Good Morning. Today we’ll take a detailed look at GBP/EUR and GBP/USD. First as usual, we’ll have a quick look at where rates stand @ 08:30am:
- GBP/EUR 1.1079
- GBP/USD 1.6525
- GBP/AUD 1.8013
- GBP/NZD 2.2785
- GBP/CAD 1.7553
- GBP/CHF 1.6744
- GBP/JPY 146.45
- GBP/ZAR 12.406
- EUR/USD 1.4910
Last week began with the release of monthly trade balance data for the Euro zone on Tuesday. This revealed a larger than expected surplus, easing some concerns that a strong Euro is hindering the economy’s export performance. As a result this limited the chances of official intervention to stop the Euro rising and ultimately contributed to the GBP/EUR rate dropping towards the end of the week.
Further through the week an absence of any further major Euro zone economic data left the Pound’s weakness as the primary source of any Euro gains, particularly after Wednesday’s surprise Bank of England minutes showing a split vote for QE.
However, by Friday GBP/EUR took a further downfall as the Euro gained strength after the surprise comments by the European Central Bank President Jean-Claude Trichet. In brief his comments warned that the banks should prepare for the unwinding of stimulus measures, which could be taken away promptly if the threat of inflation awakens.
As a result GBP/EUR closed down 0.83% at 1.1101, from 1.1194 a week earlier, continuing to improve market conditions for those converting Euro’s into Sterling further.
This week sees the release of German business conditions data on Tuesday and consumer confidence on Wednesday, both of which will help shape economic growth expectations for the coming months depending upon their positivity.
Friday will also see the release of Euro zone business, consumer, and industrial confidence data which could support the Euro if stronger than expected. As for the UK, this week sees the release of Private Consumption, Government Spending, Imports and Exports and most importantly GDP figures all on Wednesday.
With the recent array of disappointing data releases from the UK and increasingly optimistic figures from the Euro Zone, it may be a wise to consider buying Euros before the market possibly falls.
Sterling fell sharply on Friday, falling more than 1 percent to a two-week low against the dollar at $1.6460, this erased all of the gains made on Monday when it hit a three-month high just shy of $1.69 on concerns over the UK public finances deteriorating almost twice as fast as expected and waning investor appetite for perceived risky currencies.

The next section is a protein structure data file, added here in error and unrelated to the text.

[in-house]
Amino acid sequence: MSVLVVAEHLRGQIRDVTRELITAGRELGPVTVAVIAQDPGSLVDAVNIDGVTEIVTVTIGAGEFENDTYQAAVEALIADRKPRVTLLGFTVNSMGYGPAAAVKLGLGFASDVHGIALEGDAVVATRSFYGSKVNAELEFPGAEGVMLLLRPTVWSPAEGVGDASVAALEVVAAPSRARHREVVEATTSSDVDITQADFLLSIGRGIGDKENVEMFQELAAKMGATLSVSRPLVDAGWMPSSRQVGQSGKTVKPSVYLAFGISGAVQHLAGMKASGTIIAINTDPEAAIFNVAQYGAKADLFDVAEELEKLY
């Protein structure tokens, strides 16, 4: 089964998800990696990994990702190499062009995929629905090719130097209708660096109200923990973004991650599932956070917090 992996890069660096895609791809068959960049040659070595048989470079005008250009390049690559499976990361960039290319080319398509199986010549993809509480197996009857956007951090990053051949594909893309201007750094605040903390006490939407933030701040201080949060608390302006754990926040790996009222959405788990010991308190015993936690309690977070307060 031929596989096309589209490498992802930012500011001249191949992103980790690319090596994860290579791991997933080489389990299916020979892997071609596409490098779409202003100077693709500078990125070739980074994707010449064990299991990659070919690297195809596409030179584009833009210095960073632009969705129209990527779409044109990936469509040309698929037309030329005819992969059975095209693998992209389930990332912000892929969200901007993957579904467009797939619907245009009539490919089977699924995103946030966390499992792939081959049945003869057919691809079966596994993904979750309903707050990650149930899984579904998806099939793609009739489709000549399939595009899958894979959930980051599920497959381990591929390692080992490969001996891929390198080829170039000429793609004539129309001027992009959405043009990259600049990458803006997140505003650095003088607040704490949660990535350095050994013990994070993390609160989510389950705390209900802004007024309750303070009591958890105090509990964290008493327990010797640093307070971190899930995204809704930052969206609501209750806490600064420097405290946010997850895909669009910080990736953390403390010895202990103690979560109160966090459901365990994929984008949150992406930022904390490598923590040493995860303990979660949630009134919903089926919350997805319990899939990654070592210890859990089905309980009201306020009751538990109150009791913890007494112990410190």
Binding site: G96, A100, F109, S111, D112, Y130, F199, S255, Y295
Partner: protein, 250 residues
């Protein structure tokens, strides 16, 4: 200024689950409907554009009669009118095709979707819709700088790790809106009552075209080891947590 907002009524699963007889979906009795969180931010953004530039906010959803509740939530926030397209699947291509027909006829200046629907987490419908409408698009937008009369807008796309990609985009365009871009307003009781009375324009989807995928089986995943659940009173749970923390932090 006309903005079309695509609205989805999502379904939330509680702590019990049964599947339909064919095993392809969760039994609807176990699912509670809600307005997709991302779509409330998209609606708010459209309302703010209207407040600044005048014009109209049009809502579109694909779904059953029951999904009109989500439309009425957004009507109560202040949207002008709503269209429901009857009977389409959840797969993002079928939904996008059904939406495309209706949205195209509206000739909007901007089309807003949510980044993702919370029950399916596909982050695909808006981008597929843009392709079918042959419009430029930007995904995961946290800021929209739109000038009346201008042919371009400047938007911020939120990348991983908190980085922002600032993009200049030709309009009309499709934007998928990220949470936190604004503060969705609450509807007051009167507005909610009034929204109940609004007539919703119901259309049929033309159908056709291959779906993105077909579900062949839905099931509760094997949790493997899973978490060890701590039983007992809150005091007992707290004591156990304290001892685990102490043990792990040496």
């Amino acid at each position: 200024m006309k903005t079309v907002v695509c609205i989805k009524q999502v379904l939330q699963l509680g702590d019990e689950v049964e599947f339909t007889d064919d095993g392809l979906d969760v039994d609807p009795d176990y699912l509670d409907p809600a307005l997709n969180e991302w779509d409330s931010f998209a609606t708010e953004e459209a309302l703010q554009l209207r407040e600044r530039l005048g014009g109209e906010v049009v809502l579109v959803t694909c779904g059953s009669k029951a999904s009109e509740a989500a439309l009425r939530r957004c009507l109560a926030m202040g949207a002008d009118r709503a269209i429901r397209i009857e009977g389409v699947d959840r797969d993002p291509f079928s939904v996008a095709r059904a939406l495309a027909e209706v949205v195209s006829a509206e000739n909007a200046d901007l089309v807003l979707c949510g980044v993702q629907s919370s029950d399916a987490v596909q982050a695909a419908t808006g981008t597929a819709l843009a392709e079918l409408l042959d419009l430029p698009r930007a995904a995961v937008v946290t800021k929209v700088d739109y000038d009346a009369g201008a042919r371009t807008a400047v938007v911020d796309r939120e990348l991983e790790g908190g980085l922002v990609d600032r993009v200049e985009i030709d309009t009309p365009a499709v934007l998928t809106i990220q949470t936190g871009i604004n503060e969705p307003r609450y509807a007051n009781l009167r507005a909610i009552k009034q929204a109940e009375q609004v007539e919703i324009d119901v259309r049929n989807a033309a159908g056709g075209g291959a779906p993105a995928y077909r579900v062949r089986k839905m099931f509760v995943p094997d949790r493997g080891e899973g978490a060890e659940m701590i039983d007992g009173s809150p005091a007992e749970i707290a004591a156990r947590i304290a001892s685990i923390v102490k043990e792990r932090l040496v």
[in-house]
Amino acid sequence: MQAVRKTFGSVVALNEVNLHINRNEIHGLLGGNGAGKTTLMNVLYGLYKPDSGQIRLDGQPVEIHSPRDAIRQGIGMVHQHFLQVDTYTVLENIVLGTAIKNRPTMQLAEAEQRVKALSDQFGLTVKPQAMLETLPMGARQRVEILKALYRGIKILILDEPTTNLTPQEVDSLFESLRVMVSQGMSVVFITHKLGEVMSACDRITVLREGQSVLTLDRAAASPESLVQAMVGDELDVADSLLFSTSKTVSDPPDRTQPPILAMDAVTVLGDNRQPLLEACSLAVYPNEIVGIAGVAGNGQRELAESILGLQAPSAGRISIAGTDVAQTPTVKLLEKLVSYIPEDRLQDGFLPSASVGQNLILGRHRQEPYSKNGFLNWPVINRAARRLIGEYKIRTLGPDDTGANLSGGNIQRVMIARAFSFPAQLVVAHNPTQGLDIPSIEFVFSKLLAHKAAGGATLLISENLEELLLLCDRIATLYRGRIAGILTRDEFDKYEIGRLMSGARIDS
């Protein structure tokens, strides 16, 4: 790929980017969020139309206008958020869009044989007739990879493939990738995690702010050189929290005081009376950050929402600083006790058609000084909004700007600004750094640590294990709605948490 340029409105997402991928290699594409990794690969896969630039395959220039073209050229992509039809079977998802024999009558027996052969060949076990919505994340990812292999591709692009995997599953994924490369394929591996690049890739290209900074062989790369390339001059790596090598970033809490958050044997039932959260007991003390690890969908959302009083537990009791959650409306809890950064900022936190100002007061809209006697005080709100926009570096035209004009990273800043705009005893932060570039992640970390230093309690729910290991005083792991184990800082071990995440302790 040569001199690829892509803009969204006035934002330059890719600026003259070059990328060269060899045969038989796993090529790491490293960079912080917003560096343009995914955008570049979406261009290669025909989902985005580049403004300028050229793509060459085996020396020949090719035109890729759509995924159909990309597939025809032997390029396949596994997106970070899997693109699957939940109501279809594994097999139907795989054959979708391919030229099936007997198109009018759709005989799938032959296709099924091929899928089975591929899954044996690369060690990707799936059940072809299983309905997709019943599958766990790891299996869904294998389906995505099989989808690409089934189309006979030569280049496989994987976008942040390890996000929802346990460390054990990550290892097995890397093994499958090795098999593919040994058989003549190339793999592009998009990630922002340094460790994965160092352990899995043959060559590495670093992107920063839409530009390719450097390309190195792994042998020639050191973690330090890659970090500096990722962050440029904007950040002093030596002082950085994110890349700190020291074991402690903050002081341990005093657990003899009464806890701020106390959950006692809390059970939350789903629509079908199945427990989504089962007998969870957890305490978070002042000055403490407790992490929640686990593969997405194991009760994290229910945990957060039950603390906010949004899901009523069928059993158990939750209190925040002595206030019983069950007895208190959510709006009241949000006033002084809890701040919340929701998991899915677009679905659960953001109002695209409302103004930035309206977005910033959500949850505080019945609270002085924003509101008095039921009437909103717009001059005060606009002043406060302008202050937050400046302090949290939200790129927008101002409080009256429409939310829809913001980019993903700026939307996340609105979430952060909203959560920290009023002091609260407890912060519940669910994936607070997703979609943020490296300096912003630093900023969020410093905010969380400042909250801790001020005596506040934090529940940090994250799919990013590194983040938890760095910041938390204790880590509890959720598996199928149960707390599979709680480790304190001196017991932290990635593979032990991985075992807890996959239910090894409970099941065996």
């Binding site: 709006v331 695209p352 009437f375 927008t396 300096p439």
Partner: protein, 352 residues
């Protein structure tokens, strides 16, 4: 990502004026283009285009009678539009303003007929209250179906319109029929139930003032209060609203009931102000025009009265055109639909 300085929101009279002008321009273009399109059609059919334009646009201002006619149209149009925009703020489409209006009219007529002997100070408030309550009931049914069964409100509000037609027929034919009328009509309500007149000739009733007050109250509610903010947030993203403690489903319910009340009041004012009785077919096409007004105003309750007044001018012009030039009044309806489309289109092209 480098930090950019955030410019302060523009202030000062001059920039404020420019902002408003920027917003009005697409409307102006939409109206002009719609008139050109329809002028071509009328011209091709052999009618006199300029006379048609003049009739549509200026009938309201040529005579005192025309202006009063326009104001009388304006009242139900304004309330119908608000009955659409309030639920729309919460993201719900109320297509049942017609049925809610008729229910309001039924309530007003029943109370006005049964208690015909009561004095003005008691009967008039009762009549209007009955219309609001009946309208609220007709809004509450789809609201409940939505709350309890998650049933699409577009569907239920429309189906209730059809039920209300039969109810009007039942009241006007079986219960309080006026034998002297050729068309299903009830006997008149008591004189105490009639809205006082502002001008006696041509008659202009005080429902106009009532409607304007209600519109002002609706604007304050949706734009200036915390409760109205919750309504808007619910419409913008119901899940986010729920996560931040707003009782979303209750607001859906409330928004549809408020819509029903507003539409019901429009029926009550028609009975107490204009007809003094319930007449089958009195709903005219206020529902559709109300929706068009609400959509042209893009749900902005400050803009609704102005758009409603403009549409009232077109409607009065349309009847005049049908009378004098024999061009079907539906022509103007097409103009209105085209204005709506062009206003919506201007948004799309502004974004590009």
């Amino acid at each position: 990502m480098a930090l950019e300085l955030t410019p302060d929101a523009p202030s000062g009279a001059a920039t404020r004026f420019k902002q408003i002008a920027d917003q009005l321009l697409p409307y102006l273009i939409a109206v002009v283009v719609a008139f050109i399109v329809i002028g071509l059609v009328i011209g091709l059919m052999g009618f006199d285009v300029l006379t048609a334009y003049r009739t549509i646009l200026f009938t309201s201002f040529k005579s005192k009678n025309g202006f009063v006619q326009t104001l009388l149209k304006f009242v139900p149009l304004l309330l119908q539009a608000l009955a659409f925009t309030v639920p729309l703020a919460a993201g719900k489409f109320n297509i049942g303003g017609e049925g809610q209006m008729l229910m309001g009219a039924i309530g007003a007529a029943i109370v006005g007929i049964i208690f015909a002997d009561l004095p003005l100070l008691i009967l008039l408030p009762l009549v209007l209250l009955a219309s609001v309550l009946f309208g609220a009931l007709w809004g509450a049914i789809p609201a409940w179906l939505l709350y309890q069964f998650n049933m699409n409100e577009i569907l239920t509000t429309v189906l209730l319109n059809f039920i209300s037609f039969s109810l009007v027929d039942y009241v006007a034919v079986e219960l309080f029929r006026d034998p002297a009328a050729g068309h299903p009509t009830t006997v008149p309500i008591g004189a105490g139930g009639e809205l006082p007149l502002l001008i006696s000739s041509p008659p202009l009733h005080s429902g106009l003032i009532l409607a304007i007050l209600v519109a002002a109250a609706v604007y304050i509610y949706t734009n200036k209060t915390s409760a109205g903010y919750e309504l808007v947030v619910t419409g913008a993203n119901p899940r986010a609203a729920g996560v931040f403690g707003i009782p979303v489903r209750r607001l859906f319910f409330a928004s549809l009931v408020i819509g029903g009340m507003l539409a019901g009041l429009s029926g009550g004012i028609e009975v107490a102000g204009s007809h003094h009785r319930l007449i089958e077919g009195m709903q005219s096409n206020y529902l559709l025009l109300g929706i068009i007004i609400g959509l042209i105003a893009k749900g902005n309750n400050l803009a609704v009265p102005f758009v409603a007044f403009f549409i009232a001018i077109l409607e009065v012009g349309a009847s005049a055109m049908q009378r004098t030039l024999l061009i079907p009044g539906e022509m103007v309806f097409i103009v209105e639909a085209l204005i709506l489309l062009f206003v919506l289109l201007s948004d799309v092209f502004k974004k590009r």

It is likely that public finances data will be weak in the months to come, and each time we get that it will be negative for sterling.
The highlight for UK data this week will be Wednesday’s second estimate of UK Q3 GDP, which many analysts expect to be revised up slightly from a first estimate reading of a 0.4 percent decline. If revised as expected GBP is likely to respond in a positive way.
Across the pond the American Thanksgiving holiday means that markets will likely become illiquid through later-week trade, but earlier-week price action could produce big US Dollar moves on several important reports. Tuesdays second release for Q3 GDP figures, Conference Board Consumer Confidence survey results, and the minutes from the Fed Committee’s most recent policy-setting meeting have been known to force considerable moves in the US Dollar, and it remains important to watch for surprises from each.
What this means for those wishing to repatriate their funds is that the early part of the coming week could prove critical if the widely expected UK Q3 GDP data is revised positively and the sentiment from the Fed Policy meeting is deemed dovish, it could elevate Sterling to undesirable levels resulting in losses.
On the flip side this could also prove critical for those buying Dollar as the latter part of the week could see flat exchange rates due to the US holidays.
When you get in touch, ensure you mention you heard about foremost currency group through our Blog. Simply quote ‘Blog’